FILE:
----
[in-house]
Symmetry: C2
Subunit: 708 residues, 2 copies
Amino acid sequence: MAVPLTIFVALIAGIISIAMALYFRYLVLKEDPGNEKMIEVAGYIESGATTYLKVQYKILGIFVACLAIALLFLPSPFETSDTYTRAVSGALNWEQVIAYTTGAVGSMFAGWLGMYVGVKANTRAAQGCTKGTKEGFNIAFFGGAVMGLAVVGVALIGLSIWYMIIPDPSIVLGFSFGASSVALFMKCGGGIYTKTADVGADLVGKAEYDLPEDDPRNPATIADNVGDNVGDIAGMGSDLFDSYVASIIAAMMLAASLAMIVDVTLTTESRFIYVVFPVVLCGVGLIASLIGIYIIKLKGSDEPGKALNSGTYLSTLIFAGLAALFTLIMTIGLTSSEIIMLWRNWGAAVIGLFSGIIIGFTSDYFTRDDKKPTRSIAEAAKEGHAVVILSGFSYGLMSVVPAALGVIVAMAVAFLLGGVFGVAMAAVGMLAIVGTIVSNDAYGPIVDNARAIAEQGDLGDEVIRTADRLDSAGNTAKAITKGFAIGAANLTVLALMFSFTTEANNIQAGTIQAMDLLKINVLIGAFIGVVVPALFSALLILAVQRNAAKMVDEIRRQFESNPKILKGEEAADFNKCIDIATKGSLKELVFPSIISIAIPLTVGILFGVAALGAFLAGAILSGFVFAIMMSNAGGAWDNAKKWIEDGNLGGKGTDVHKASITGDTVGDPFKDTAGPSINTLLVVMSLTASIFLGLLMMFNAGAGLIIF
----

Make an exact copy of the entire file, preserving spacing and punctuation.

[in-house]
Symmetry: C2
Subunit: 708 residues, 2 copies
Amino acid sequence: MAVPLTIFVALIAGIISIAMALYFRYLVLKEDPGNEKMIEVAGYIESGATTYLKVQYKILGIFVACLAIALLFLPSPFETSDTYTRAVSGALNWEQVIAYTTGAVGSMFAGWLGMYVGVKANTRAAQGCTKGTKEGFNIAFFGGAVMGLAVVGVALIGLSIWYMIIPDPSIVLGFSFGASSVALFMKCGGGIYTKTADVGADLVGKAEYDLPEDDPRNPATIADNVGDNVGDIAGMGSDLFDSYVASIIAAMMLAASLAMIVDVTLTTESRFIYVVFPVVLCGVGLIASLIGIYIIKLKGSDEPGKALNSGTYLSTLIFAGLAALFTLIMTIGLTSSEIIMLWRNWGAAVIGLFSGIIIGFTSDYFTRDDKKPTRSIAEAAKEGHAVVILSGFSYGLMSVVPAALGVIVAMAVAFLLGGVFGVAMAAVGMLAIVGTIVSNDAYGPIVDNARAIAEQGDLGDEVIRTADRLDSAGNTAKAITKGFAIGAANLTVLALMFSFTTEANNIQAGTIQAMDLLKINVLIGAFIGVVVPALFSALLILAVQRNAAKMVDEIRRQFESNPKILKGEEAADFNKCIDIATKGSLKELVFPSIISIAIPLTVGILFGVAALGAFLAGAILSGFVFAIMMSNAGGAWDNAKKWIEDGNLGGKGTDVHKASITGDTVGDPFKDTAGPSINTLLVVMSLTASIFLGLLMMFNAGAGLIIF